Letters are going out to more than 38,000 people in B.C. whose personal data was copied onto a data stick and shared without permission last year.
Health Minister Margaret MacDiarmid announced details Monday of a data breach that led the ministry to fire seven health ministry staff and contractors involved in patient research related to approval of drugs for B.C.’s Pharmacare program.
MacDiarmid said there were no names attached to the health data, which included personal health numbers, gender, date of birth and postal codes, as well as information from Statistics Canada’s Canadian community health survey.
The data did include hospital admissions and discharges, medication history and Medical Services Plan claims.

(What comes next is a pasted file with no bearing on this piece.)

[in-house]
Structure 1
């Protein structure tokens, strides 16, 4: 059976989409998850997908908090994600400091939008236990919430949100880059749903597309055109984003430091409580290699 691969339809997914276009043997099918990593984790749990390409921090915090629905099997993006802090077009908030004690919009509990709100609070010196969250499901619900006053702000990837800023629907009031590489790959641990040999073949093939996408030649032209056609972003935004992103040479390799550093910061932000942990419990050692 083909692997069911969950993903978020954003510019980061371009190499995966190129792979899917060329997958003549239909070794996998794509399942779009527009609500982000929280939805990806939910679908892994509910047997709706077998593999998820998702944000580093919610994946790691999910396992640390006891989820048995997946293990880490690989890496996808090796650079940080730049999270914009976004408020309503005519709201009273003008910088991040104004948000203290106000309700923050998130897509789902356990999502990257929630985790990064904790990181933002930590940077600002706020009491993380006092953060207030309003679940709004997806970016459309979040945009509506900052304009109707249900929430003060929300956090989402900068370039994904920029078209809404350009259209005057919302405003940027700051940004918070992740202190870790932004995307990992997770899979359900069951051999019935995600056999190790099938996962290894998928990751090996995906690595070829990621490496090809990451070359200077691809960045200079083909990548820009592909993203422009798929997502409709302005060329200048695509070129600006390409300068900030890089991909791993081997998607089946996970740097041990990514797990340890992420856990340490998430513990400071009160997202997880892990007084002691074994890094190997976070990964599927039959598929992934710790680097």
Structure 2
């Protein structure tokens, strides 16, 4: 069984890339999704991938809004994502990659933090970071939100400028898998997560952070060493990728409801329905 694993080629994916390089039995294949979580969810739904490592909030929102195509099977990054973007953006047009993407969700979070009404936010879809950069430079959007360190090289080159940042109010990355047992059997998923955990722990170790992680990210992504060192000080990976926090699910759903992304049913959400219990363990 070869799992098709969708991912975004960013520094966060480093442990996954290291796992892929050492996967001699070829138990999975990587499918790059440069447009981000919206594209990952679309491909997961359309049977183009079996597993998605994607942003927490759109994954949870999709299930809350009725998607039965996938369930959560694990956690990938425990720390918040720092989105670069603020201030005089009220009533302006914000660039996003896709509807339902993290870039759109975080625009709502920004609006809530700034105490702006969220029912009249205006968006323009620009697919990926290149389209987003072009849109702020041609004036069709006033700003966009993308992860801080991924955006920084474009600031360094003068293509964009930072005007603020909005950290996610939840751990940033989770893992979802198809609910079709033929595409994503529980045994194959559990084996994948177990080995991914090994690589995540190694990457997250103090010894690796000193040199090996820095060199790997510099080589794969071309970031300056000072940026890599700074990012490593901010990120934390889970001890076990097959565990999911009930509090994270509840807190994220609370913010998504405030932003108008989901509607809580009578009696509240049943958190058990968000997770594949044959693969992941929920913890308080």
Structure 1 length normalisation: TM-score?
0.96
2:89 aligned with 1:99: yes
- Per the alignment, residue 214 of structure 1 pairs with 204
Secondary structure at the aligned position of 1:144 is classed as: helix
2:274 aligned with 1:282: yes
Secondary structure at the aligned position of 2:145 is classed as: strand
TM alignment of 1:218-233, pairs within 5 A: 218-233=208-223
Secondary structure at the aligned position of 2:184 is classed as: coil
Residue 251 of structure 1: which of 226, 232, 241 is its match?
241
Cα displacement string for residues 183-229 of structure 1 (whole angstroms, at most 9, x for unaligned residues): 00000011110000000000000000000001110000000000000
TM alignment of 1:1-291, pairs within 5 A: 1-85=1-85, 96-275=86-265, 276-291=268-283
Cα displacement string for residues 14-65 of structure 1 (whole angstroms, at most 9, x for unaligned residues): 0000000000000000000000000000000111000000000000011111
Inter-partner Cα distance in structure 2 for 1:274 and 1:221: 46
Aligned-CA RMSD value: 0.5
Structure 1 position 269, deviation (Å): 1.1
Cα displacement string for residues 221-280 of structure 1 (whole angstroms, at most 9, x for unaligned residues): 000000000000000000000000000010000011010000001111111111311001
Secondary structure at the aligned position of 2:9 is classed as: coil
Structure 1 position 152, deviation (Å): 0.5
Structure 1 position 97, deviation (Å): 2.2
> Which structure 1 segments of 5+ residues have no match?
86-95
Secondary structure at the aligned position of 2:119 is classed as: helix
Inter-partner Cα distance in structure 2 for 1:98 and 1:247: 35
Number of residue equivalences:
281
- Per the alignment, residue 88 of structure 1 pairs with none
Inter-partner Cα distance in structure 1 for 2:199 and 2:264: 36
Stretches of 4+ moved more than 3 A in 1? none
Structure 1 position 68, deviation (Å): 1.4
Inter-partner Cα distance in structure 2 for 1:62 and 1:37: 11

The Statistics Canada survey included information about patient health status, mental, physical and sexual health, lifestyle information and use of health services.
An internal ministry and police investigation is ongoing, and the ministry would not disclose the identity of anyone involved.
Most of the fired employees and contractors have identified themselves publicly, and at least one has filed a wrongful dismissal lawsuit.
MacDiarmid said there were two data breach incidents in June 2012. The first one prompted the letters to be sent.
The second was a data stick provided to a ministry contractor containing similar information on five million individuals, including length of hospital stay and health condition, such as whether they have diabetes.
The third case of a data stick shared without permission, password protection or encryption took place in October, 2010.
It contained diagnostic information on 21,000 people for 262 chronic conditions, including prescription history for certain drugs.